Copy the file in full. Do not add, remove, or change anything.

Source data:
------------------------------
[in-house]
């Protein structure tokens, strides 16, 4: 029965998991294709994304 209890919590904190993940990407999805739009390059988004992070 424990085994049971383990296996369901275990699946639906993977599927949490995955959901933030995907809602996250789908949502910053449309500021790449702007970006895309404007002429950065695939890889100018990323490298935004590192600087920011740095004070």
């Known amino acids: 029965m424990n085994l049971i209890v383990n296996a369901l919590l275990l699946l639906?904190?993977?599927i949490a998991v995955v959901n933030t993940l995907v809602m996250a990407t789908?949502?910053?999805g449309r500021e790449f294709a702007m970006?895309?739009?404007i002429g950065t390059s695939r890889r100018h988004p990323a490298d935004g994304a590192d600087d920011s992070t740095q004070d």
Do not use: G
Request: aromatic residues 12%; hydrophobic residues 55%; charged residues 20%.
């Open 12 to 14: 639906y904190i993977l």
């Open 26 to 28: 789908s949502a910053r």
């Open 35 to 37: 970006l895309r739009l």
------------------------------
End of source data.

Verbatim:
[in-house]
């Protein structure tokens, strides 16, 4: 029965998991294709994304 209890919590904190993940990407999805739009390059988004992070 424990085994049971383990296996369901275990699946639906993977599927949490995955959901933030995907809602996250789908949502910053449309500021790449702007970006895309404007002429950065695939890889100018990323490298935004590192600087920011740095004070």
């Known amino acids: 029965m424990n085994l049971i209890v383990n296996a369901l919590l275990l699946l639906?904190?993977?599927i949490a998991v995955v959901n933030t993940l995907v809602m996250a990407t789908?949502?910053?999805g449309r500021e790449f294709a702007m970006?895309?739009?404007i002429g950065t390059s695939r890889r100018h988004p990323a490298d935004g994304a590192d600087d920011s992070t740095q004070d």
Do not use: G
Request: aromatic residues 12%; hydrophobic residues 55%; charged residues 20%.
């Open 12 to 14: 639906y904190i993977l």
């Open 26 to 28: 789908s949502a910053r």
């Open 35 to 37: 970006l895309r739009l």